Watson, Ponting crack the whip

It was a night when the Aussies reminded the world that they could still be a formidable force. A potentially hazardous target of 258 was achieved with ridiculous ease as Shane Watson and Ricky Ponting slammed hundreds. Over to S. DINAKAR.

Great white balls of fire lit up the night sky. This was fireworks of a different kind at Centurion. Rain stayed away, but it rained sixes from the bludgeoning bat of Shane Watson even as spectators in the stands beyond midwicket and square-leg took cover. And skipper Ricky Ponting personified elegance from the other end. He batted in a manner that was sublime.

It was a night when the Aussies reminded the world that they could still be a formidable force. A potentially hazardous target of 258 was achieved with ridiculous ease. Australia was through to the final of the ICC Champions Trophy. The display was as authoritative as it was brutal.

Watson (136 not out, 132b, 10x4, 7x6) and Ricky Ponting (111 not out, 115b, 12x4, 1x6) put their foot on the accelerator to overtake England with lots to spare. The Aussies were home in the 42nd over with nine wickets remaining.

It was also a night of records. The unbeaten 252-run partnership in 40.2 overs is the highest second-wicket association for Australia in ODIs. This was also the highest stand for any wicket in an ODI at Centurion.

Watson revelled with his pulls, making a mockery of the unwise short stuff from the English pacemen. He picked the length in a jiffy and was ready with his response.

Ponting used his feet with precision and drove wonderfully through cover and point — off either foot — finding the gaps with the ease of a maestro. His batting is a lot about balance and timing. He gets into position early and gives himself that much more time to ease the ball through the empty areas. Ponting, during his century, became the first Australian to go past the 12,000-run mark in ODIs. He later paid tribute to the legendary Sachin Tendulkar and said how the Indian batsman’s deeds had raised the benchmark and forced the other batsmen to lift their game as well.

An imperious cover-drive off paceman Tim Bresnan took Ponting to his 28th ODI hundred. Man of the Match Watson’s third ODI century arrived when he launched into a pull off England paceman James Anderson. Injuries have played havoc with Watson’s career, but he has kept the fire burning. The big-built all-rounder is re-discovering himself as an opener. He drove with a pleasingly straight blade and took full toll of the deliveries lacking in length with fierce pulls. And Watson cashed in on any width outside the off-stump with cuts and slashes.

At the end of it all, Watson acknowledged Ponting’s role as captain. He dwelt on his skipper’s words of encouragement and advice in the middle and how these big games had enabled him to evolve.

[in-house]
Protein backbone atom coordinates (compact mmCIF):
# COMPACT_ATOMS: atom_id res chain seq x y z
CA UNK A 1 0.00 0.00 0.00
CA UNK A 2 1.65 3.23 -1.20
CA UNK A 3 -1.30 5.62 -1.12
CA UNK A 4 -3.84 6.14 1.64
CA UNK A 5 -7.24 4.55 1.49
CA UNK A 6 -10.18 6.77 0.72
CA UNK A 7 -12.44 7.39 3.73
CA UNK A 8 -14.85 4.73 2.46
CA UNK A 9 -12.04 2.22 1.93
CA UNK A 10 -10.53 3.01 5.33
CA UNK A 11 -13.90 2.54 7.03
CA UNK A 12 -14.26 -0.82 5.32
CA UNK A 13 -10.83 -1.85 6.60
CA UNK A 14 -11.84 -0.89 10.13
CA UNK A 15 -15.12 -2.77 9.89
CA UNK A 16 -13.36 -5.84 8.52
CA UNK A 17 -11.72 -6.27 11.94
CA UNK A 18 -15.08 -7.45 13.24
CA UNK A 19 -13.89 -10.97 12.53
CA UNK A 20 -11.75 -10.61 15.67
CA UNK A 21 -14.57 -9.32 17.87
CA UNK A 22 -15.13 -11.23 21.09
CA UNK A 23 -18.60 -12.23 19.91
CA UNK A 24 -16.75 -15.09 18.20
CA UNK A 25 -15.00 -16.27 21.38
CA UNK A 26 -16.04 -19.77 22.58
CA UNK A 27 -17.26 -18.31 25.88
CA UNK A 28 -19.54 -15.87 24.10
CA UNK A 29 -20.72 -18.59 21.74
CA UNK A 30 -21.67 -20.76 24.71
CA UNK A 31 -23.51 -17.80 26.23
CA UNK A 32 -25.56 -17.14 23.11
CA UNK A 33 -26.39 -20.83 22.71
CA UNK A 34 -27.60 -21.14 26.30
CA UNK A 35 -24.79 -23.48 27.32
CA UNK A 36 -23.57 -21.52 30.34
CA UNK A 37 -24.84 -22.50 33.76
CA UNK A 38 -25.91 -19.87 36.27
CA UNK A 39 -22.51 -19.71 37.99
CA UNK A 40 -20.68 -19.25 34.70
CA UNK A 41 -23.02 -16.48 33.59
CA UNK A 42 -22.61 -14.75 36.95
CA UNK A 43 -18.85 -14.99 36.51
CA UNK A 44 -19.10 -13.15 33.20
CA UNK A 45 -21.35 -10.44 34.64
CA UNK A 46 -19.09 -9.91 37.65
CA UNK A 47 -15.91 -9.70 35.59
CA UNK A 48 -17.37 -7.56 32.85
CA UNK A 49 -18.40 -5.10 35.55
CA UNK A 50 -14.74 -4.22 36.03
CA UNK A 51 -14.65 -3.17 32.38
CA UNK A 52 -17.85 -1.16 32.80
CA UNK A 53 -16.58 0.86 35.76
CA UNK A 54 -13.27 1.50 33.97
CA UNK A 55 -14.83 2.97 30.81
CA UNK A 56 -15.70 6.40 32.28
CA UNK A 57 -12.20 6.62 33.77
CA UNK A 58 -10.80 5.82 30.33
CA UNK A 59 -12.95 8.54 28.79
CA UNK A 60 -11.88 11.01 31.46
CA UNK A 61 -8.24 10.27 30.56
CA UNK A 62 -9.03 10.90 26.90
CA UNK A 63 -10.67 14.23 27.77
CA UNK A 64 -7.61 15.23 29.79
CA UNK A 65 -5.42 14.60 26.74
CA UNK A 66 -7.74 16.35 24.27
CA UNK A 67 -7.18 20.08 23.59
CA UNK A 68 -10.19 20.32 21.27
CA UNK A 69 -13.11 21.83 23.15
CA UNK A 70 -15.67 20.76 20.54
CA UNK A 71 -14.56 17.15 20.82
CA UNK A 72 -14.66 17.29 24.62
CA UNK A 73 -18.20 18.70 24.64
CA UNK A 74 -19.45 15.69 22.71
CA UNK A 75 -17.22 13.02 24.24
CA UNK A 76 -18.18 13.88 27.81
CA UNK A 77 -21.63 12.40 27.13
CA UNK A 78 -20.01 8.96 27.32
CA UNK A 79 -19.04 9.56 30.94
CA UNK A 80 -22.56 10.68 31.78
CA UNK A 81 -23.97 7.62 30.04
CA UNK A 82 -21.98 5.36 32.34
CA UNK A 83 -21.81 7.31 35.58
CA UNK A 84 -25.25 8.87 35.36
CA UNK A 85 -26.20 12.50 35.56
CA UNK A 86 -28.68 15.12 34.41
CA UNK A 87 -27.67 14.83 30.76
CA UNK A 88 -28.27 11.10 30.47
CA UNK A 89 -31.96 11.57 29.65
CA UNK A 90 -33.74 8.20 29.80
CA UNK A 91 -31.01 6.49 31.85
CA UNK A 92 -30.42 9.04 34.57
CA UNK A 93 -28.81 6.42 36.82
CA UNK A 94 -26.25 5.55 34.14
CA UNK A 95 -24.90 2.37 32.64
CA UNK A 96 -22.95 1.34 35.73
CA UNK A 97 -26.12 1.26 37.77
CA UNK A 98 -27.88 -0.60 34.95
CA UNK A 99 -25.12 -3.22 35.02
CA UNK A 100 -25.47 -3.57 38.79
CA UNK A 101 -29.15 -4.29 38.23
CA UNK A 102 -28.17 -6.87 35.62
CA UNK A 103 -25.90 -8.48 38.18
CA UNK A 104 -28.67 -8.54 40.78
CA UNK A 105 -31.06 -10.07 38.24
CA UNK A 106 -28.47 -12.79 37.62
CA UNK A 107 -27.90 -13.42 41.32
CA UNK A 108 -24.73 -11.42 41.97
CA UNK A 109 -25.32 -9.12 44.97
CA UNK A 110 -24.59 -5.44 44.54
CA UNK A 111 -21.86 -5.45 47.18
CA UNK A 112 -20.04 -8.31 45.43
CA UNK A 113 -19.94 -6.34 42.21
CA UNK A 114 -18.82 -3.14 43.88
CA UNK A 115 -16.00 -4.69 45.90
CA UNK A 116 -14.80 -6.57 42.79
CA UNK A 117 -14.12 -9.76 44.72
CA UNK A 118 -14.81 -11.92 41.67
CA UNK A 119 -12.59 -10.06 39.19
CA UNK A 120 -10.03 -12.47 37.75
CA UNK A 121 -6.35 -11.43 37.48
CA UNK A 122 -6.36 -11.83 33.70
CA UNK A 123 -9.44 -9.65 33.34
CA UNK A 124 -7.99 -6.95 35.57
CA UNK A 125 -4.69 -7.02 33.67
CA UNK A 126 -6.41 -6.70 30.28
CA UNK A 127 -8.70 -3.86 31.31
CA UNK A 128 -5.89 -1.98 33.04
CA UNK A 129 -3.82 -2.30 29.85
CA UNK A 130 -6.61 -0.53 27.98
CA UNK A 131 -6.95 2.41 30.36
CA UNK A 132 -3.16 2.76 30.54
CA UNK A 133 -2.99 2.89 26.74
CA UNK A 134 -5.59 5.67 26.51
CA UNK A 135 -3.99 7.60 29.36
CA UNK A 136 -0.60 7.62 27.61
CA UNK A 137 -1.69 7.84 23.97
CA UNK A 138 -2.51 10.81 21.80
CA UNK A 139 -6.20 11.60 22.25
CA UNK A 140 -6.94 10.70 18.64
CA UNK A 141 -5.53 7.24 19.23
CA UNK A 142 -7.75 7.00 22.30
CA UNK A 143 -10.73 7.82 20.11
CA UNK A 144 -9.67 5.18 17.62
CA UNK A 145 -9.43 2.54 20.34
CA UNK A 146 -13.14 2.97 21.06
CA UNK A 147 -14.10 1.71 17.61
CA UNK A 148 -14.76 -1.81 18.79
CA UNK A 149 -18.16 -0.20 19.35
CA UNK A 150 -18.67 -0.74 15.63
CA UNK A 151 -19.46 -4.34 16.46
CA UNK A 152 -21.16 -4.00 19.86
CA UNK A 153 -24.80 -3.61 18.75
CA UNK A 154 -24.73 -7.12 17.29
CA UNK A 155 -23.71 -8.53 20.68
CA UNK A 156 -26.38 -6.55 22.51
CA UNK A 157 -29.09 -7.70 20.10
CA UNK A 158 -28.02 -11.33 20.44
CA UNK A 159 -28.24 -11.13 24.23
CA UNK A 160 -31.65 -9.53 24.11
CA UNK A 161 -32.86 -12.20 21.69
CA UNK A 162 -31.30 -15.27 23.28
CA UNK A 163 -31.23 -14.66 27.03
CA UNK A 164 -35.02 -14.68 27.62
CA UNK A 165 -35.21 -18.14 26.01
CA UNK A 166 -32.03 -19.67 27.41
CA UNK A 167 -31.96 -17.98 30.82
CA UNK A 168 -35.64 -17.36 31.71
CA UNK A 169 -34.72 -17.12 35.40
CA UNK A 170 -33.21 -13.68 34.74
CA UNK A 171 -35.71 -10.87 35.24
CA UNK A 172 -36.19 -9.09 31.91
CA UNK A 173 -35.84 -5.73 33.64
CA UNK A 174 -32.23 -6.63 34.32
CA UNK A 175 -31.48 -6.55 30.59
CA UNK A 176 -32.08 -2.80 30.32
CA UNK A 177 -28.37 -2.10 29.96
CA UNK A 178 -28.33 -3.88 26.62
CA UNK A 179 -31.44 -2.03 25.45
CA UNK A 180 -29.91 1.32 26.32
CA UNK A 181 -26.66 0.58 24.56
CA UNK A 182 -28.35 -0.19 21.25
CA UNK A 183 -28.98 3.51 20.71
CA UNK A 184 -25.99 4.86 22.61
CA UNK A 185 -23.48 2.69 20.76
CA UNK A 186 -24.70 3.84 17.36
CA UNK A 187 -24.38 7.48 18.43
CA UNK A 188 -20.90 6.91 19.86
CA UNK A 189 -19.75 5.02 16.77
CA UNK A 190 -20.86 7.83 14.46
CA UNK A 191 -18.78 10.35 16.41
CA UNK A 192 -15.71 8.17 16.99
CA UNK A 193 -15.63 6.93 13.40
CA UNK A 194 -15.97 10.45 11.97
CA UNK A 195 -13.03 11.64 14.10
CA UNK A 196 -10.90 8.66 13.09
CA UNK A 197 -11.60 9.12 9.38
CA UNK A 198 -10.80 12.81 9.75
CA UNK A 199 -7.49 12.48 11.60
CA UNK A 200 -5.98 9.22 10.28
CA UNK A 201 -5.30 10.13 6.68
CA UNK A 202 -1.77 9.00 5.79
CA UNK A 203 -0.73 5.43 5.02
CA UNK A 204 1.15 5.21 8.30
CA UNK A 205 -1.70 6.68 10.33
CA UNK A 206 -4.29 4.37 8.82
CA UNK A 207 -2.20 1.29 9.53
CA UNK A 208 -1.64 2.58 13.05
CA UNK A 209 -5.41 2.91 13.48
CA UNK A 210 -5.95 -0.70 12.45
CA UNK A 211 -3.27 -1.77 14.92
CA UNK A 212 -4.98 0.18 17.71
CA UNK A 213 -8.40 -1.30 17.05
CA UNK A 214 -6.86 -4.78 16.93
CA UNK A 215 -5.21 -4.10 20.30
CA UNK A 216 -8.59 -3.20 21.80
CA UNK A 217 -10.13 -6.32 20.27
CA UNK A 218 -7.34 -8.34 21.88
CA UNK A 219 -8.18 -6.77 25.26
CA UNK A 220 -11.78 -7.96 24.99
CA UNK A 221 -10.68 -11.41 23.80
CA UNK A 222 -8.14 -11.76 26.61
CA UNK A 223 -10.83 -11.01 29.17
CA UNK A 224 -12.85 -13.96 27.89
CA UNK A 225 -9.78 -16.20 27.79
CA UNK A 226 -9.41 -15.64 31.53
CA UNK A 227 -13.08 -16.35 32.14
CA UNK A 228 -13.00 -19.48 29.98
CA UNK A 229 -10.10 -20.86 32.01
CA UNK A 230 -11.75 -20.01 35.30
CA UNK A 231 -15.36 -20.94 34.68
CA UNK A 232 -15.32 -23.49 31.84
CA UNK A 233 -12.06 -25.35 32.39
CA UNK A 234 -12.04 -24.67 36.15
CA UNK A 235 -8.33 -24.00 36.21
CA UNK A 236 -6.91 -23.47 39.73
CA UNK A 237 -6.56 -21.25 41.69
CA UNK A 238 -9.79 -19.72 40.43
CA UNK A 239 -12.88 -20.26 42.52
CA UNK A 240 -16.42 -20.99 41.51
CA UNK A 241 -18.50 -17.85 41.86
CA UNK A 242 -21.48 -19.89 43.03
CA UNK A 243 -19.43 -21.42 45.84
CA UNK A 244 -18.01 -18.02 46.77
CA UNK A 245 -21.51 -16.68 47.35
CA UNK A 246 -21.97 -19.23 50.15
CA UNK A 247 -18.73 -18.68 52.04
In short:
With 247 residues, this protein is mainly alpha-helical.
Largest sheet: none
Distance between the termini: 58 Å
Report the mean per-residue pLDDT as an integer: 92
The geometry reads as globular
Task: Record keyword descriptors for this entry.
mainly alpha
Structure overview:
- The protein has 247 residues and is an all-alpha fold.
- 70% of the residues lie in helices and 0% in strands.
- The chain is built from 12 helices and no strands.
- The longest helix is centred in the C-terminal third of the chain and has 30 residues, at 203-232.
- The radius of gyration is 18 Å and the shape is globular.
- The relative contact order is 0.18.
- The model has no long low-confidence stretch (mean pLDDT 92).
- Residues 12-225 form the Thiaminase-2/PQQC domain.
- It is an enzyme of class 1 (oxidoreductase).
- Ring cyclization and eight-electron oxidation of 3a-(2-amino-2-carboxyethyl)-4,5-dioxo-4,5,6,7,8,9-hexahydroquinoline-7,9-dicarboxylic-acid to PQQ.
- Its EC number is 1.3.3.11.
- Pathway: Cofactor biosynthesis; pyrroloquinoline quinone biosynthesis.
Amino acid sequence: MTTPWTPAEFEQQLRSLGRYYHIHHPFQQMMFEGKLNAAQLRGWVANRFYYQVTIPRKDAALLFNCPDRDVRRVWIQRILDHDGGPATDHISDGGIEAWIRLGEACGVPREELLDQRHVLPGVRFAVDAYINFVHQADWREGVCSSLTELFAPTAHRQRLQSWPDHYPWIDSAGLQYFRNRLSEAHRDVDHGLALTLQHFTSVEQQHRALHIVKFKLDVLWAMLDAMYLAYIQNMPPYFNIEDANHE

England struck at the start. Tim Paine was snared outside the off-stump by Graham Onions. Then Ponting joined Watson and the contest turned on its head. The English pacemen did not bowl to their strength — two-way swing from around the off-stump. They tended to bang it in short and played into the Aussies’ hands.

The pace and bounce of the injured Stuart Broad was missed by England. Under the circumstances, off-spinner Graeme Swann was the key bowler for England. But Watson took Swann on, slog-sweeping the bowler for a six and lofting him to the long-on fence, England was dented psychologically.

And swing bowler Anderson, struggling for rhythm, was square-driven, whipped and cover-driven for boundaries by Ponting. There were no comebacks for England.

Earlier, all-rounders Tim Bresnan (80, 76b, 11x4) and Luke Wright (48) led an English revival after the side — opting to bat — had slumped to 101 for six. The 107-run partnership in 118 deliveries kept England in the game after Peter Siddle, Mitchell Johnson and Watson had made serious inroads.

Bresnan drove powerfully on either side of the wicket and also collected runs with upper-cuts and rather cheeky dab shots. Wright, severe on off-spinner Nathan Hauritz, whom he twice slog-swept for sixes, batted with enterprise in a pressure situation.

The partnership ended when Wright (48, 68b, 2x4, 2x6) chased one from paceman Siddle for ’keeper Tim Paine to hold his fifth catch of the innings. The Australian was outstanding behind the stumps. Bresnan, making room to crash Brett Lee through covers, was done in by a yorker.

Earlier, Paul Collingwood attacked the Aussie bowlers with a 30-ball 34 before Johnson nailed him with a scorching short-pitched delivery. The Aussie pacemen sent down some erratic stuff in the second half of the innings but Watson and Ponting ensured these would not prove costly.

THE SCORES First semifinal

England: A. Strauss c Hopes b Siddle 14; J. Denly c Paine b Siddle 36; O. Shah c Paine b Lee 0; P. Collingwood c Paine b Johnson 34; E. Morgan c Paine b Watson 9; S. Davies b Watson 5; L. Wright c Paine b Siddle 48; T. Bresnan b Lee 80; G. Swann (run out) 18; J. Anderson (not out) 5; G. Onions (run out) 1; Extras (w-6, nb-1) 7. Total (in 47.4 overs) 257.

Fall of wickets: 1-15, 2-16, 3-71, 4-91, 5-100, 6-101, 7-208, 8-245, 9-251.

Australia bowling: Lee 9-0-46-2; Siddle 10-0-55-3; Hopes 4-0-28-0; Johnson 10-1-61-1; Watson 8.4-1-35-2; Hauritz 6-0-32-0.

Australia: S. Watson (not out) 136; T. Paine c Davies b Onions 4; R. Ponting (not out) 111; Extras (lb-2, w-5) 7. Total (for one wkt., in 41.5 overs) 258.

Fall of wicket: 6.

England bowling: Anderson 8.5-0-48-0; Onions 8-0-47-1; Bresnan 8-0-51-0; Collingwood 8-0-50-0; Swann 5-0-31-0; Wright 3-0-18-0; Shah 1-0-11-0.